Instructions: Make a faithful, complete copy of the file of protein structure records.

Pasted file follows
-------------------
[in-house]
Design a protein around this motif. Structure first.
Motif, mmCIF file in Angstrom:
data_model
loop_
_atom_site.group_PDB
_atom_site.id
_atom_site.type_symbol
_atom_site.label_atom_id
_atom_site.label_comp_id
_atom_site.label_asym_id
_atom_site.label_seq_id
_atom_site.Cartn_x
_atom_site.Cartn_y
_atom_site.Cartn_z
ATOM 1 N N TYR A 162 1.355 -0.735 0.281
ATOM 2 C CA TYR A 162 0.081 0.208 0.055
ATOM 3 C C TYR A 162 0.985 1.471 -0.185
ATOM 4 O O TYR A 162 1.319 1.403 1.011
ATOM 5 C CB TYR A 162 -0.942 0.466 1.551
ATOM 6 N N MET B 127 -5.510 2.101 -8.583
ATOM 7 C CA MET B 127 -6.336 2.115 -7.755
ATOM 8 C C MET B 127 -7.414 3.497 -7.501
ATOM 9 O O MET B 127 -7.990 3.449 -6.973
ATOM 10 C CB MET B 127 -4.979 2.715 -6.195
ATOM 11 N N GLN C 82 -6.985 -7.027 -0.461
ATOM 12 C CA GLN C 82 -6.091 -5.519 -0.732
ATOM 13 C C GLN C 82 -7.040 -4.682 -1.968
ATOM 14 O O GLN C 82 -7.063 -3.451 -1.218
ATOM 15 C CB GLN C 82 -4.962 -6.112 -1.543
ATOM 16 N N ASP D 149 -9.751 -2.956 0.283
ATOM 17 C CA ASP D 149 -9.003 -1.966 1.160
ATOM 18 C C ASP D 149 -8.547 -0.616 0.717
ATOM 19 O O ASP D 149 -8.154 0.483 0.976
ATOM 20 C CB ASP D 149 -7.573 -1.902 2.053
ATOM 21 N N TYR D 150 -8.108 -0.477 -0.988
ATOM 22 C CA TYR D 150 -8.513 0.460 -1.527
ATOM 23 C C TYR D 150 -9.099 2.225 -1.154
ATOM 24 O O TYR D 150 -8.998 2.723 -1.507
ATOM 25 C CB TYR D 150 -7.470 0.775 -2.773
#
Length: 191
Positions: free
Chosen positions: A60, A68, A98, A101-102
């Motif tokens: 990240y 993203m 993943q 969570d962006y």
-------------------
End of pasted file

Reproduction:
[in-house]
Design a protein around this motif. Structure first.
Motif, mmCIF file in Angstrom:
data_model
loop_
_atom_site.group_PDB
_atom_site.id
_atom_site.type_symbol
_atom_site.label_atom_id
_atom_site.label_comp_id
_atom_site.label_asym_id
_atom_site.label_seq_id
_atom_site.Cartn_x
_atom_site.Cartn_y
_atom_site.Cartn_z
ATOM 1 N N TYR A 162 1.355 -0.735 0.281
ATOM 2 C CA TYR A 162 0.081 0.208 0.055
ATOM 3 C C TYR A 162 0.985 1.471 -0.185
ATOM 4 O O TYR A 162 1.319 1.403 1.011
ATOM 5 C CB TYR A 162 -0.942 0.466 1.551
ATOM 6 N N MET B 127 -5.510 2.101 -8.583
ATOM 7 C CA MET B 127 -6.336 2.115 -7.755
ATOM 8 C C MET B 127 -7.414 3.497 -7.501
ATOM 9 O O MET B 127 -7.990 3.449 -6.973
ATOM 10 C CB MET B 127 -4.979 2.715 -6.195
ATOM 11 N N GLN C 82 -6.985 -7.027 -0.461
ATOM 12 C CA GLN C 82 -6.091 -5.519 -0.732
ATOM 13 C C GLN C 82 -7.040 -4.682 -1.968
ATOM 14 O O GLN C 82 -7.063 -3.451 -1.218
ATOM 15 C CB GLN C 82 -4.962 -6.112 -1.543
ATOM 16 N N ASP D 149 -9.751 -2.956 0.283
ATOM 17 C CA ASP D 149 -9.003 -1.966 1.160
ATOM 18 C C ASP D 149 -8.547 -0.616 0.717
ATOM 19 O O ASP D 149 -8.154 0.483 0.976
ATOM 20 C CB ASP D 149 -7.573 -1.902 2.053
ATOM 21 N N TYR D 150 -8.108 -0.477 -0.988
ATOM 22 C CA TYR D 150 -8.513 0.460 -1.527
ATOM 23 C C TYR D 150 -9.099 2.225 -1.154
ATOM 24 O O TYR D 150 -8.998 2.723 -1.507
ATOM 25 C CB TYR D 150 -7.470 0.775 -2.773
#
Length: 191
Positions: free
Chosen positions: A60, A68, A98, A101-102
């Motif tokens: 990240y 993203m 993943q 969570d962006y």